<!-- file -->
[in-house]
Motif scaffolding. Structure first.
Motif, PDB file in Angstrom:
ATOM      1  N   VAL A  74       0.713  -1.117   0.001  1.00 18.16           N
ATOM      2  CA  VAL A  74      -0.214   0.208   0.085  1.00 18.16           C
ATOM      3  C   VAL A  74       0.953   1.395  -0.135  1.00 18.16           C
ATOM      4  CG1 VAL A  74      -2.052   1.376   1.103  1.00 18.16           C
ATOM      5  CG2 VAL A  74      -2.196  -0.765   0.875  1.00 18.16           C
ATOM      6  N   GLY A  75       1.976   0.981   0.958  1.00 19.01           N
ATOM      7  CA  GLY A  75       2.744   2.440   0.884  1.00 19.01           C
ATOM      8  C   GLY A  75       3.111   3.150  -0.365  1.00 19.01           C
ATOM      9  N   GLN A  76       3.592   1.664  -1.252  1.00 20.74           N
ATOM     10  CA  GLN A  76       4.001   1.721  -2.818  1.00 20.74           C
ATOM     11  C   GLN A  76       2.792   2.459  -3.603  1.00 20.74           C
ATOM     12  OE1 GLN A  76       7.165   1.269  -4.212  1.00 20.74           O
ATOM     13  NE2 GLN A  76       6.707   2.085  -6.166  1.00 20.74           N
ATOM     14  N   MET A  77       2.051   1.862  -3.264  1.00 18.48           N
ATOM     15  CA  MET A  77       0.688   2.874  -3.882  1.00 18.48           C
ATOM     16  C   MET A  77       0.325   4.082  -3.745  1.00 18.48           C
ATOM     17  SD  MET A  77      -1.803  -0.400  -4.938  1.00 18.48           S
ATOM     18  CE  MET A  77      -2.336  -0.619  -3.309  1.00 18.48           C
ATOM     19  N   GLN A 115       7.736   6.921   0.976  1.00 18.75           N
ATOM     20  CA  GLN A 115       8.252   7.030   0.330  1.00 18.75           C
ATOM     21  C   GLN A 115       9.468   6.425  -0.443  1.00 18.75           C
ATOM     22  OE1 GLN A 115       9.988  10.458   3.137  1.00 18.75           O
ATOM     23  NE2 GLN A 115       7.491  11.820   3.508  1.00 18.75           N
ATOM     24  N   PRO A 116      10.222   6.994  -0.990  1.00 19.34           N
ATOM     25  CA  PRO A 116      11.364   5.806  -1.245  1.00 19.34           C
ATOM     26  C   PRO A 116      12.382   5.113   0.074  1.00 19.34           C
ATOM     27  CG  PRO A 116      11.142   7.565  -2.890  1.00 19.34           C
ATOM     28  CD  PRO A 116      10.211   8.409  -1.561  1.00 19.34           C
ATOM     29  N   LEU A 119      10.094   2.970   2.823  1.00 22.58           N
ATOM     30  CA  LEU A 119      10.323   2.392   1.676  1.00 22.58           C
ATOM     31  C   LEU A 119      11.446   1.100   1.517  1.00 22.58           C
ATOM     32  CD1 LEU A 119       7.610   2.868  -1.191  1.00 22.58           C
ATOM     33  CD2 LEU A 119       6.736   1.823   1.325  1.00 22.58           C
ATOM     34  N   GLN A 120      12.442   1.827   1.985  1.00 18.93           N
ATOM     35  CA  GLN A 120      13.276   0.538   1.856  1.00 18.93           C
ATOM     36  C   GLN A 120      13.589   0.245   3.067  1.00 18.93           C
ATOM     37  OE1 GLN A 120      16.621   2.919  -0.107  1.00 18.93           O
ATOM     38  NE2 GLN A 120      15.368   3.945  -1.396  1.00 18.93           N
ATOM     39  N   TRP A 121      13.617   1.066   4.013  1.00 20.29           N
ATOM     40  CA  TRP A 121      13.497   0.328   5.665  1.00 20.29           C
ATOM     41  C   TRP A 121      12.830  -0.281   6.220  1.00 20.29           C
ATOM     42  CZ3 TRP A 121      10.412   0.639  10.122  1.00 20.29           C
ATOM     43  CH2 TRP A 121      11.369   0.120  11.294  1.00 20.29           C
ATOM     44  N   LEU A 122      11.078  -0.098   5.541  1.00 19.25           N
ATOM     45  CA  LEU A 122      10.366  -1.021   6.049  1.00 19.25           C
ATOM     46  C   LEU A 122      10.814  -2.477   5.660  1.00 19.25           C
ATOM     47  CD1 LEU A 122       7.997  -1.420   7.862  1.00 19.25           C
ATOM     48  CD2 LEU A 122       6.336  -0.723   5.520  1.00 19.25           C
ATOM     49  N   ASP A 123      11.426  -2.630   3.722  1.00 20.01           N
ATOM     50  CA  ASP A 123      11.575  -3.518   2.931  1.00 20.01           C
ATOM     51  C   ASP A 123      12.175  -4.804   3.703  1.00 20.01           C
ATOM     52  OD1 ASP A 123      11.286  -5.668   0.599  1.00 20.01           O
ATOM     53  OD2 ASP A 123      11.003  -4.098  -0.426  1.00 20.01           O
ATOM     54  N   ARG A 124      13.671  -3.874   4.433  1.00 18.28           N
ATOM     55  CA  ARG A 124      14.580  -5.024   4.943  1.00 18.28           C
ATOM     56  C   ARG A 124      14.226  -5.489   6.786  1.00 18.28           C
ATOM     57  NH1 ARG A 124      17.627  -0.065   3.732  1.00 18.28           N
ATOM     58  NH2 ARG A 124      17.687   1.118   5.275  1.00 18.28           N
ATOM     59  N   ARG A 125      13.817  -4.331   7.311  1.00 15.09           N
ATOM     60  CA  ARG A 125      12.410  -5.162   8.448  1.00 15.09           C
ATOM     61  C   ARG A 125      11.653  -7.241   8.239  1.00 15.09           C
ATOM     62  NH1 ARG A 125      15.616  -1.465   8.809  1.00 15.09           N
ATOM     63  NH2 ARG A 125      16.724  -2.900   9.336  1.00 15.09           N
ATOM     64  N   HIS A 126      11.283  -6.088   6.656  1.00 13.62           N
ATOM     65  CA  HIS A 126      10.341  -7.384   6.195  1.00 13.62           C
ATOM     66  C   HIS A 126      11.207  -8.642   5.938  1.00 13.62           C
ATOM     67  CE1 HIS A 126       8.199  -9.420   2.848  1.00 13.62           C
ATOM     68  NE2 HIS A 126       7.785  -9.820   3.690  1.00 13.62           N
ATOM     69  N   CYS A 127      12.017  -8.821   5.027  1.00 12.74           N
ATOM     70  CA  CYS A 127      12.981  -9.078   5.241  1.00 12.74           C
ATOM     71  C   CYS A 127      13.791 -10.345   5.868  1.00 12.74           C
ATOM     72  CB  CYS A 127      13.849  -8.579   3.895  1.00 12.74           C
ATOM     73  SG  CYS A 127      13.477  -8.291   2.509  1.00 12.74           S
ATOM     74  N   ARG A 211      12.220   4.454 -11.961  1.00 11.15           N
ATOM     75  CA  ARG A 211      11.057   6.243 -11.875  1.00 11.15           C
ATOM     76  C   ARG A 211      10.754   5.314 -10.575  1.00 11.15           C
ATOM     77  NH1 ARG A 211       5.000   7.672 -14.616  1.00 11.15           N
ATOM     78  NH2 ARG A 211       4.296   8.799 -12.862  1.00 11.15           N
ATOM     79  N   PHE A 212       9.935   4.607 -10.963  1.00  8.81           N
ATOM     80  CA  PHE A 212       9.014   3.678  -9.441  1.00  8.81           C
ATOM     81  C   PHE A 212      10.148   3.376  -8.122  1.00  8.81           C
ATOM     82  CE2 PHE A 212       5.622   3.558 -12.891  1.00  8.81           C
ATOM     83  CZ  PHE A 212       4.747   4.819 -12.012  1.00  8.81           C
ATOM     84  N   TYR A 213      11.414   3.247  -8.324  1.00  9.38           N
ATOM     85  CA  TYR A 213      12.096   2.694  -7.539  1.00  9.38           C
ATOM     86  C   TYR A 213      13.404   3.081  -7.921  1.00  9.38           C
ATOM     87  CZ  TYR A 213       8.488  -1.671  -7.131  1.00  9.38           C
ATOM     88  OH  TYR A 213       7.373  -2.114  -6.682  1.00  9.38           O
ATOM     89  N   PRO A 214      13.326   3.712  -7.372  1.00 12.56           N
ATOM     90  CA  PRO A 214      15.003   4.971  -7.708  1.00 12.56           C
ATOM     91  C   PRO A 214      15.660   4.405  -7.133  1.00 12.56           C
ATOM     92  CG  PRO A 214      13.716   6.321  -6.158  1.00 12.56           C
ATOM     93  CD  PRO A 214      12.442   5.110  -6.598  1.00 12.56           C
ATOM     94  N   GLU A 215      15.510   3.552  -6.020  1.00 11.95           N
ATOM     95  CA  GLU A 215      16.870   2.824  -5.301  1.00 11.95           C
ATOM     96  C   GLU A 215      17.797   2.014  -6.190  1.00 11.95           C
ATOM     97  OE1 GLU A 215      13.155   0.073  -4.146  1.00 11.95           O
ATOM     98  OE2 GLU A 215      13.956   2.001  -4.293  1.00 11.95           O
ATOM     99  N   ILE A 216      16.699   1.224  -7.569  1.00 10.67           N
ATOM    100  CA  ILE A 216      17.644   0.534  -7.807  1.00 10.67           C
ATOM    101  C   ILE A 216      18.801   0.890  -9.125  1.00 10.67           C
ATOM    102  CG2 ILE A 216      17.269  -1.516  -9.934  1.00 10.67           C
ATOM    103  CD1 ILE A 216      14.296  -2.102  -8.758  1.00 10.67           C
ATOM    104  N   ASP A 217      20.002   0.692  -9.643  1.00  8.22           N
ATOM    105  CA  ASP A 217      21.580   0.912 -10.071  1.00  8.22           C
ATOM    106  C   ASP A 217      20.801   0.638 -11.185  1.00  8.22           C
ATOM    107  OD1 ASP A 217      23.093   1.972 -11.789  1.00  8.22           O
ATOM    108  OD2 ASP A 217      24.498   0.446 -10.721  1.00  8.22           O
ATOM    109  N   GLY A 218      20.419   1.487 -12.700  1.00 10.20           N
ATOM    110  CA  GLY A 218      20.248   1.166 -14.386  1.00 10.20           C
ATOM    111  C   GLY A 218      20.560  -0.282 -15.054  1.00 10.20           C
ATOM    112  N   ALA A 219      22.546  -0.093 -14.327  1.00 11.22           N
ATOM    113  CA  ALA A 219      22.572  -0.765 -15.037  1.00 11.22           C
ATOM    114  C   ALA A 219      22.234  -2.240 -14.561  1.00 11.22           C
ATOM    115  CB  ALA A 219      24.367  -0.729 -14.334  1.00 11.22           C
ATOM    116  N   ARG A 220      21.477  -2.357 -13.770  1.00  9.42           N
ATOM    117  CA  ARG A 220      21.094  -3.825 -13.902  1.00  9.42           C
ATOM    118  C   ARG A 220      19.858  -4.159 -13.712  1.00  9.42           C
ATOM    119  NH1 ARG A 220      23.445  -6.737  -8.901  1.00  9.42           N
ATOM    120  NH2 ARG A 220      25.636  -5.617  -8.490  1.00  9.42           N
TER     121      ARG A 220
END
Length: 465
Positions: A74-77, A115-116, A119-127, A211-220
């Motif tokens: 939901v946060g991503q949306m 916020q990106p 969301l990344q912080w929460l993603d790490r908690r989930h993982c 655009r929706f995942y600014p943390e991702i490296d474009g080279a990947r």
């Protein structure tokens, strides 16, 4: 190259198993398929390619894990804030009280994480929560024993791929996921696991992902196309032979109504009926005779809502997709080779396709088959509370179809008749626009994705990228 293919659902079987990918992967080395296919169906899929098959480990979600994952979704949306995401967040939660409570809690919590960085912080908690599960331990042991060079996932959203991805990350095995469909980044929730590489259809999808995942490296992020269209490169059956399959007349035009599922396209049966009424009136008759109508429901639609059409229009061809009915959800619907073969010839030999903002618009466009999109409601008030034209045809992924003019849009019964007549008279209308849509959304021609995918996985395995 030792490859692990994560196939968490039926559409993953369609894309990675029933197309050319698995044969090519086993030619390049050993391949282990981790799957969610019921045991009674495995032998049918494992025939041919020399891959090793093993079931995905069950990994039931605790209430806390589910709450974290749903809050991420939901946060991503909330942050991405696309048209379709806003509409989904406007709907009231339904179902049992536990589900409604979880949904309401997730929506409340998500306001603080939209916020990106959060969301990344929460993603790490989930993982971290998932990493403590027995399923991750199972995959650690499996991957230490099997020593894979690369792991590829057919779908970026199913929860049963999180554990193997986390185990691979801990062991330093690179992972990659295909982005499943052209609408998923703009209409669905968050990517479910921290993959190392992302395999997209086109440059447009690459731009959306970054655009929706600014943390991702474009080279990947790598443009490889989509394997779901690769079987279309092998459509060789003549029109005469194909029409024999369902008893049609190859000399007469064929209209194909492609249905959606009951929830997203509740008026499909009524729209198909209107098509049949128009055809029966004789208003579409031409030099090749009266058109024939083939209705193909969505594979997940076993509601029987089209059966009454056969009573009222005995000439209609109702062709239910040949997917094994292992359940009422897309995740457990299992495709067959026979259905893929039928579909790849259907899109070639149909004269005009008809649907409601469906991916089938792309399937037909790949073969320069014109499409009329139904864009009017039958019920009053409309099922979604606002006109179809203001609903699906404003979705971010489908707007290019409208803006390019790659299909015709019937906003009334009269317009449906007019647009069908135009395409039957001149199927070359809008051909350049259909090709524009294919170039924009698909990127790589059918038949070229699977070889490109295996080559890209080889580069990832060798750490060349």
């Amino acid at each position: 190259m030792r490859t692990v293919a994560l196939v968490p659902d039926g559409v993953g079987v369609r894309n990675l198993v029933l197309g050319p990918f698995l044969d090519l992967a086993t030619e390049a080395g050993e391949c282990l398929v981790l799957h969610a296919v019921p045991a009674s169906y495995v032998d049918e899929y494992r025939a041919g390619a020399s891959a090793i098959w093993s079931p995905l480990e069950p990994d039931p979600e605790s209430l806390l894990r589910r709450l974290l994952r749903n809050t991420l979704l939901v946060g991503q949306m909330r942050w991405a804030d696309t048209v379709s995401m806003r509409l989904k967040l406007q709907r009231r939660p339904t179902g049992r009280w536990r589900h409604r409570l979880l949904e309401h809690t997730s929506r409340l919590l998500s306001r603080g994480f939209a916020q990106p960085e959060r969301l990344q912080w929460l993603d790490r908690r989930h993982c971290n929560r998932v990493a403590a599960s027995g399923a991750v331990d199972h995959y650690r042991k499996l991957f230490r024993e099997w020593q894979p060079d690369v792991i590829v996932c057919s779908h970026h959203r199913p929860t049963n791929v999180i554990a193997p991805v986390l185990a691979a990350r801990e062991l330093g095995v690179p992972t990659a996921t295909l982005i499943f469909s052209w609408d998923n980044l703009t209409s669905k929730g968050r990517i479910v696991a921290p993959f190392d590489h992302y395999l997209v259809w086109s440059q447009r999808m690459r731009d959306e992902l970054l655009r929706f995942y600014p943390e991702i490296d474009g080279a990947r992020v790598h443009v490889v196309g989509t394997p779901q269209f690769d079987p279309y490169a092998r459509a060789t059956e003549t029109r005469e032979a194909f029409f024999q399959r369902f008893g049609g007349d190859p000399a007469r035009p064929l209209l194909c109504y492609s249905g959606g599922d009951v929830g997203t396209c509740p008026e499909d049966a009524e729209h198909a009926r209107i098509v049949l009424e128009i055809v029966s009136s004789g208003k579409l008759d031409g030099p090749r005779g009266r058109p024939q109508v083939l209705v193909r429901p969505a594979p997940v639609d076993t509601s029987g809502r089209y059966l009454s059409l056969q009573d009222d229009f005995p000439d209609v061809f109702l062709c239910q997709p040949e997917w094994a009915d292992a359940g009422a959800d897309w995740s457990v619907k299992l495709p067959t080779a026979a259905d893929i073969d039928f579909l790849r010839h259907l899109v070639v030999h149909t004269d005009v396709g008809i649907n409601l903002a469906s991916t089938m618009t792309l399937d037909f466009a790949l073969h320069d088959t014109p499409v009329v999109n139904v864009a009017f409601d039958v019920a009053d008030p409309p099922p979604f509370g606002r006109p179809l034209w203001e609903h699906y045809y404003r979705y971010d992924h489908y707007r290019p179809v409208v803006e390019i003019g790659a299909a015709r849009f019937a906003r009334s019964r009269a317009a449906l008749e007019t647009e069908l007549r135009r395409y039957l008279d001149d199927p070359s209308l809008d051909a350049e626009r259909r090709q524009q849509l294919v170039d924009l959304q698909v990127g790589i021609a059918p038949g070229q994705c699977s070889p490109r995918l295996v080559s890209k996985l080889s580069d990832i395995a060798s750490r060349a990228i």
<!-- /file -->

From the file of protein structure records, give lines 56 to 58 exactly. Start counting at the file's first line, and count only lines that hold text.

ATOM     53  OD2 ASP A 123      11.003  -4.098  -0.426  1.00 20.01           O
ATOM     54  N   ARG A 124      13.671  -3.874   4.433  1.00 18.28           N
ATOM     55  CA  ARG A 124      14.580  -5.024   4.943  1.00 18.28           C